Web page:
Ionic propulsion drone test cheered by Undefined Technologies developer

ionic propulsion drone

Florida startup Undefined Technologies says it has taken a major step in developing a drone it believes could change the entire blossoming UAV service industry by using quieter, powerful ionic propulsions systems rather than rotors to drive UAVs.

Undefined Technologies says it passed a testing milestone this month with a 4.5-minute flight of its drone using ionic propulsion, emitting just 75 dB of noise in the process. That trial marked further advances in the company’s development of the approach, extending time aloft over previous outings while lowering the level of sound produced. 

If successful, the continued development of ionic propulsion is considered a potential boost for various kinds of drone service providers – particularly aerial delivery companies – by slashing attendant noise levels that consumers have continually pointed to as one of their major oppositions to UAV activities.

Read more: Wing expands service of low-noise drones in booming Aussie market 

The company’s original proof-of-concept craft last year flew for only 25 seconds while emitting 90 dBs of sound. This month’s trial brought Undefined Technologies closer to its ionic propulsion project objective of a 15-minute drone flight at only 70 dBs of noise – roughly equivalent to a DJI Mavic, albeit from a larger craft aiming to tote considerably heavier payloads.

“We’ve been on this upward trajectory for nearly a whole year, working hard on overcoming many technical challenges related to craft’s cooling systems, battery lifetime, avionics, and noise-abatement technologies,” says Tomas Pribanic, CEO of Undefined Technologies. “This milestone secures our vision of making ion propulsion technology viable for use in atmospheric conditions. I’m incredibly proud of our highly dedicated team who has been relentless in bringing our breakthrough over to the next development phase.”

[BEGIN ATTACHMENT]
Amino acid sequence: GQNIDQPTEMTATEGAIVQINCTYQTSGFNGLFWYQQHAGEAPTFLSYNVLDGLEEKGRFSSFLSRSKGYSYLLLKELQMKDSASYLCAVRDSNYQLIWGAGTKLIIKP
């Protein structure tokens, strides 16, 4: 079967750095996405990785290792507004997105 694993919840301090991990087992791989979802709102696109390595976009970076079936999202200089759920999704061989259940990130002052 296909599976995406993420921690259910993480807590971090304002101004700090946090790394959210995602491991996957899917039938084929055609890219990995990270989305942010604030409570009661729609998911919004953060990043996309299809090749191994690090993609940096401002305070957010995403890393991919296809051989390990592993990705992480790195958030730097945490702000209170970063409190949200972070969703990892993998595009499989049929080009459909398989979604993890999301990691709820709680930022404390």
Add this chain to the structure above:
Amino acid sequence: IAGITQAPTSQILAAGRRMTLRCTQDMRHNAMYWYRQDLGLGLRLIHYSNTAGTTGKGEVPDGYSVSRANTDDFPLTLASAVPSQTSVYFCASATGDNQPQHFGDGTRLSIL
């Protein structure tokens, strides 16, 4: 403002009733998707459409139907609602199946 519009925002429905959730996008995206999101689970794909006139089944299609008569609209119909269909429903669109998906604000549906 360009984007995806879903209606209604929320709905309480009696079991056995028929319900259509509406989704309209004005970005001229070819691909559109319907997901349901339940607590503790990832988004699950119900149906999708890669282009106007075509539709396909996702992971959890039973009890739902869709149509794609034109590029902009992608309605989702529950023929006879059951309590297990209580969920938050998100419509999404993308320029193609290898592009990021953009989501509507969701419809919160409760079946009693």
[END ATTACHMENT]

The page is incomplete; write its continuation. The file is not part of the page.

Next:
Without getting into the rapidly wonky weeds involved, ionic propulsion systems work by forcing charged particles, or ions, through pairs of electrodes, creating a kind of electric wind to propel craft. Up until recently, the technique had mostly been limited to space craft, which – thanks to the enhancing effects of the surrounding vacuum – produced stronger and more durable energy than chemical alternatives. 

Efforts to use it to power aircraft on Earth have had very limited flight results on generally small planes designed to be as light as possible.

The challenge before Undefined Technologies, therefore, is to create an ionic propulsion solution for drones that don’t just takeoff, land, and remain aloft through vertical force, but also carry payloads, navigation and communication equipment, and other tech adding additional weight to the vehicle.

ReadSony applies to patent noise-cancelling drones 

Due to the relatively broad areas that grid-like ionic propulsion systems require, Undefined Technology’s drone is a comparatively large and somewhat floppy craft the company recently enclosed in an outer shell. 

A lot of work remains to be done before the test UAV exploits the stronger, quieter potentials of the tech over propellers, but officials believe they’re on target to produce a production-ready serial drone for delivery purposes in 2024. 

“This 4-plus min flight required advances in the chemical composition of the batteries that can now provide us with higher energy densities,” said Thomas Benda Jr., the company’s lead aerospace engineer. “This improvement is part of our efforts to target lighter weights.”


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